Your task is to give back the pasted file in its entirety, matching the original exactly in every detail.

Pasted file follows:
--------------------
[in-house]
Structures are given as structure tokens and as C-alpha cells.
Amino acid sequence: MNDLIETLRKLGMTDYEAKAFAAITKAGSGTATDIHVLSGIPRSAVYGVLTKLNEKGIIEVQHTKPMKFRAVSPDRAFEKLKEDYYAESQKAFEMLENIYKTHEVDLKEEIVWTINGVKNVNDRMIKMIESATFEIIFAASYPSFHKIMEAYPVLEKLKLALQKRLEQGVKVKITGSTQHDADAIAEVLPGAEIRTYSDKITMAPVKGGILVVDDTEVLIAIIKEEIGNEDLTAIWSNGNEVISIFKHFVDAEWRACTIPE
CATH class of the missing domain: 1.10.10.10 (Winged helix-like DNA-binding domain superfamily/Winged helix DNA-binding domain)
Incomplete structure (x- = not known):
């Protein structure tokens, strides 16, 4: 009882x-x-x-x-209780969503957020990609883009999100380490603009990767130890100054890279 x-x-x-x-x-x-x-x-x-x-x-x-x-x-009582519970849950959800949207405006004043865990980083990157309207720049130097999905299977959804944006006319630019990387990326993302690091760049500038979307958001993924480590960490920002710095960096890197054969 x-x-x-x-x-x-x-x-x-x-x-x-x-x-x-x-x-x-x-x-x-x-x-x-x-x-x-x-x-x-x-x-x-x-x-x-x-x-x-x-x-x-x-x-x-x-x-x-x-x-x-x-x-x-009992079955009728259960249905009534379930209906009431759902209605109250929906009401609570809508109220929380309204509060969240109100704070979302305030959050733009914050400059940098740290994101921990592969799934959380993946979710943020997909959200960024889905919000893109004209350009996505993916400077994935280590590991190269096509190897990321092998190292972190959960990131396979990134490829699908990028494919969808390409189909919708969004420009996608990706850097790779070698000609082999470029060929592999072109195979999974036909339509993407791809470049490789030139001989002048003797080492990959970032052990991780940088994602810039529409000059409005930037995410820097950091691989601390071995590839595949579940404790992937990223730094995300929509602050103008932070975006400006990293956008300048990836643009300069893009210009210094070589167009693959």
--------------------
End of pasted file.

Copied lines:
[in-house]
Structures are given as structure tokens and as C-alpha cells.
Amino acid sequence: MNDLIETLRKLGMTDYEAKAFAAITKAGSGTATDIHVLSGIPRSAVYGVLTKLNEKGIIEVQHTKPMKFRAVSPDRAFEKLKEDYYAESQKAFEMLENIYKTHEVDLKEEIVWTINGVKNVNDRMIKMIESATFEIIFAASYPSFHKIMEAYPVLEKLKLALQKRLEQGVKVKITGSTQHDADAIAEVLPGAEIRTYSDKITMAPVKGGILVVDDTEVLIAIIKEEIGNEDLTAIWSNGNEVISIFKHFVDAEWRACTIPE
CATH class of the missing domain: 1.10.10.10 (Winged helix-like DNA-binding domain superfamily/Winged helix DNA-binding domain)
Incomplete structure (x- = not known):
């Protein structure tokens, strides 16, 4: 009882x-x-x-x-209780969503957020990609883009999100380490603009990767130890100054890279 x-x-x-x-x-x-x-x-x-x-x-x-x-x-009582519970849950959800949207405006004043865990980083990157309207720049130097999905299977959804944006006319630019990387990326993302690091760049500038979307958001993924480590960490920002710095960096890197054969 x-x-x-x-x-x-x-x-x-x-x-x-x-x-x-x-x-x-x-x-x-x-x-x-x-x-x-x-x-x-x-x-x-x-x-x-x-x-x-x-x-x-x-x-x-x-x-x-x-x-x-x-x-x-009992079955009728259960249905009534379930209906009431759902209605109250929906009401609570809508109220929380309204509060969240109100704070979302305030959050733009914050400059940098740290994101921990592969799934959380993946979710943020997909959200960024889905919000893109004209350009996505993916400077994935280590590991190269096509190897990321092998190292972190959960990131396979990134490829699908990028494919969808390409189909919708969004420009996608990706850097790779070698000609082999470029060929592999072109195979999974036909339509993407791809470049490789030139001989002048003797080492990959970032052990991780940088994602810039529409000059409005930037995410820097950091691989601390071995590839595949579940404790992937990223730094995300929509602050103008932070975006400006990293956008300048990836643009300069893009210009210094070589167009693959």